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Segmentation Graph-Theoretic Clustering Outline Graph theory basics Eigenvector methods for segmentation Graph Theory Terminology Graph G: Set of vertices V and edges E connecting pairs of vertices Each edge is represented by the vertices (a, b) it joins A weighted graph has a weight associated with each edge w(a, b) Connectivity Vertices are connected if there is a sequence of edges joining them A graph is connected if all vertices are connected Any graph can be partitioned into connected components (CC) such that each CC is a connected graph and there are no edges between vertices in different CCs Graphs for Clustering Tokens are vertices Weights on edges proportional to token similarity Cut: “Weight” of edges joining two sets of vertices: Segmentation: Look for minimum cut in graph Recursively cut components until regions uniform enough A B Representing Graphs As Matrices Use N x N matrix W for N–vertex graph Entry W(i, j) is weight on edge between vertices i and j Undirected graphs have symmetric weight matrices 5 4 9 2 6 1 1 8 1 3 7 from Forsyth & Ponce Example graph and its weight matrix Affinity Measures Affinity A(i, j) between tokens i and j should be proportional to similarity Based on metric on some visual feature(s) T 2 Position: E.g., A(i, j) = exp [-((x-y) (x-y)/2sd )] Intensity Color Texture These are weights in an affinity graph A over tokens Affinity by distance Choice of Scale s s=0.1 s=0.2 s=1 Eigenvectors and Segmentation Given k tokens with affinities defined by A, want partition into c clusters For a particular cluster n, denote the membership weights of the tokens with the vector w n Require normalized weights so that “Best” assignment of tokens to cluster n is achieved by selecting wn that maximizes objective function (highest intra-cluster affinity) subject to weight vector normalization constraint Using method of Lagrange multipliers, this yields system of equations which means that w n is an eigenvector of A and a solution is obtained from the eigenvector with the largest eigenvalue Eigenvectors and Segmentation Note that an appropriate rearrangement of affinity matrix leads to block structure indicating clusters 5 4 9 2 6 1 1 8 1 3 7 from Forsyth & Ponce Largest eigenvectors A of tend to correspond to eigenvectors of blocks So interpret biggest c eigenvectors as cluster membership weight vectors Quantize weights to 0 or 1 to make memberships definite Example using dataset Fig 14.18 Next 3 Eigenvectors Number of Clusters Potential Problem Normalized Cuts Previous approach doesn’t work when eigenvalues of blocks are similar Just using within-cluster similarity doesn’t account for between-cluster differences No encouragement of larger cluster sizes Define association between vertex subset A and full set V as Before, we just maximized assoc(A, A); now we also want to minimize assoc(A, V). Define the normalized cut as Normalized Cut Algorithm Define diagonal degree matrix D(i, i) = Sj A(i, j) Define integer membership vector x over all vertices such that each element is 1 if the vertex belongs to cluster A and -1 if it belongs to B (i.e., just two clusters) Define real approximation to x as This yields the following objective function to minimize: which sets up the system of equations The eigenvector with second smallest eigenvalue is the solution (smallest always 0) Continue partitioning clusters if normcut is over some threshold Example: Fig 14.23 Example: Fig. 14-24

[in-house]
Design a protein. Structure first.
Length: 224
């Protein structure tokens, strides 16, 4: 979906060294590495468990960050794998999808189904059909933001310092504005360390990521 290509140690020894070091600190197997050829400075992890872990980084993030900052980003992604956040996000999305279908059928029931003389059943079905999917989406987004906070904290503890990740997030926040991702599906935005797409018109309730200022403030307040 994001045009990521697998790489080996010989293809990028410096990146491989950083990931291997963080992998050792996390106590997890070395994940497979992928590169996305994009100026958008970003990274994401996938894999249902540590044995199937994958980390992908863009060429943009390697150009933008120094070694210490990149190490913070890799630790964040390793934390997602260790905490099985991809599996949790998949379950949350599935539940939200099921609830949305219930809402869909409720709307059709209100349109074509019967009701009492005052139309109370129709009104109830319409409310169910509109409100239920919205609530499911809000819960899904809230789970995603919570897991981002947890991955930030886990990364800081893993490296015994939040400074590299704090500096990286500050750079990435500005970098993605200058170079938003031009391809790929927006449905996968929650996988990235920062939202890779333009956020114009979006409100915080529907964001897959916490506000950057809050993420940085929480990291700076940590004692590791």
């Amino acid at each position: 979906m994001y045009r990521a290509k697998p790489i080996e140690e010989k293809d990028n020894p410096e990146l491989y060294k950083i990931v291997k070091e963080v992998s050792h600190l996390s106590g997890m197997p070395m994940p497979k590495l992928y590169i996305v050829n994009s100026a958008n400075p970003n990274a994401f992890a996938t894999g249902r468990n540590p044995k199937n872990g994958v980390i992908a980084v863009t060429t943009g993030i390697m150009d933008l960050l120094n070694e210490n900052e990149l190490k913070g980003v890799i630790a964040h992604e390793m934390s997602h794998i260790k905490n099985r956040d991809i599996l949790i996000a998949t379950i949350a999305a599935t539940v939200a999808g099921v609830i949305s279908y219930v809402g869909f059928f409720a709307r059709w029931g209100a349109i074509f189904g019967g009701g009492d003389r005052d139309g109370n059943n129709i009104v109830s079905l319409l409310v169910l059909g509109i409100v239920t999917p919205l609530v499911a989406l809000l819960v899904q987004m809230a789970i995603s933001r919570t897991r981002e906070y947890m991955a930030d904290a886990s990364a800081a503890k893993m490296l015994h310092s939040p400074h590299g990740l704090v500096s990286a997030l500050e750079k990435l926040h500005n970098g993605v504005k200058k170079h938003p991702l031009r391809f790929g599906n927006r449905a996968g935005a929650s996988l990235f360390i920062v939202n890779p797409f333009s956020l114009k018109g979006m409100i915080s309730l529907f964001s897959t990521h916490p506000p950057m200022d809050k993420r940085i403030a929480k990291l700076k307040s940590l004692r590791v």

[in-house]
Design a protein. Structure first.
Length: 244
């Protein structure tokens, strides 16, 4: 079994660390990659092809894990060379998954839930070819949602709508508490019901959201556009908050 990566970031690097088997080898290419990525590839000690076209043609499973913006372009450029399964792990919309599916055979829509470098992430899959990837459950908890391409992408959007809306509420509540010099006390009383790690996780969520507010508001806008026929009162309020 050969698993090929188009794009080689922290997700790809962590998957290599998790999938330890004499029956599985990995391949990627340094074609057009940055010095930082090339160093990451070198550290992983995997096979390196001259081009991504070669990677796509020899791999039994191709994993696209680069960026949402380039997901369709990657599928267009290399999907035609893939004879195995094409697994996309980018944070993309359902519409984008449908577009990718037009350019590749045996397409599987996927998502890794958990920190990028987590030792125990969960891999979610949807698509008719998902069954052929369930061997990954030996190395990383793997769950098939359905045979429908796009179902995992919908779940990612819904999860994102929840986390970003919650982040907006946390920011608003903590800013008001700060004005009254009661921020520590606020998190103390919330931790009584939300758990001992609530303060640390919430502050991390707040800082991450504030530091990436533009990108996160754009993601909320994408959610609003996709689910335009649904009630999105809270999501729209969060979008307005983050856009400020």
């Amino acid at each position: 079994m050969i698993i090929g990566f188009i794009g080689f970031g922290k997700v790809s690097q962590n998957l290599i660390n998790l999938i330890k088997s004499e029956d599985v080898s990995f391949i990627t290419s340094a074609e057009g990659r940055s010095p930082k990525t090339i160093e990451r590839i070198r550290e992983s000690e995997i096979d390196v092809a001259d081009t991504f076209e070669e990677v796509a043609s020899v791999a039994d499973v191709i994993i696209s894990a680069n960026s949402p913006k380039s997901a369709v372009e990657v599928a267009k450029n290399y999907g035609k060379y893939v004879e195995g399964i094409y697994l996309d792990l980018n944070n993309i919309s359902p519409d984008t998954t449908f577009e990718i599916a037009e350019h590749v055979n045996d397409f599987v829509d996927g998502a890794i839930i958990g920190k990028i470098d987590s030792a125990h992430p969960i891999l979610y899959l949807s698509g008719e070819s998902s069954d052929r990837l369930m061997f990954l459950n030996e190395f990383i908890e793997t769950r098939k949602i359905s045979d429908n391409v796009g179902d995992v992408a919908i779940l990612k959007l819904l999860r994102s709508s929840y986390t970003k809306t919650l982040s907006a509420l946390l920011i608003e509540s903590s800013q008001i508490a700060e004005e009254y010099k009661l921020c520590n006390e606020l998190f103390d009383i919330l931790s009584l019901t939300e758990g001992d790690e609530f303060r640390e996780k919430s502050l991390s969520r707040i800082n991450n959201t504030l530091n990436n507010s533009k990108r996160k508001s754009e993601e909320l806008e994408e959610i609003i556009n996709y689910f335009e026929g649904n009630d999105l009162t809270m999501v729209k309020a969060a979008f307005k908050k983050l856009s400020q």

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posted: | 10/8/2012 |

language: | English |

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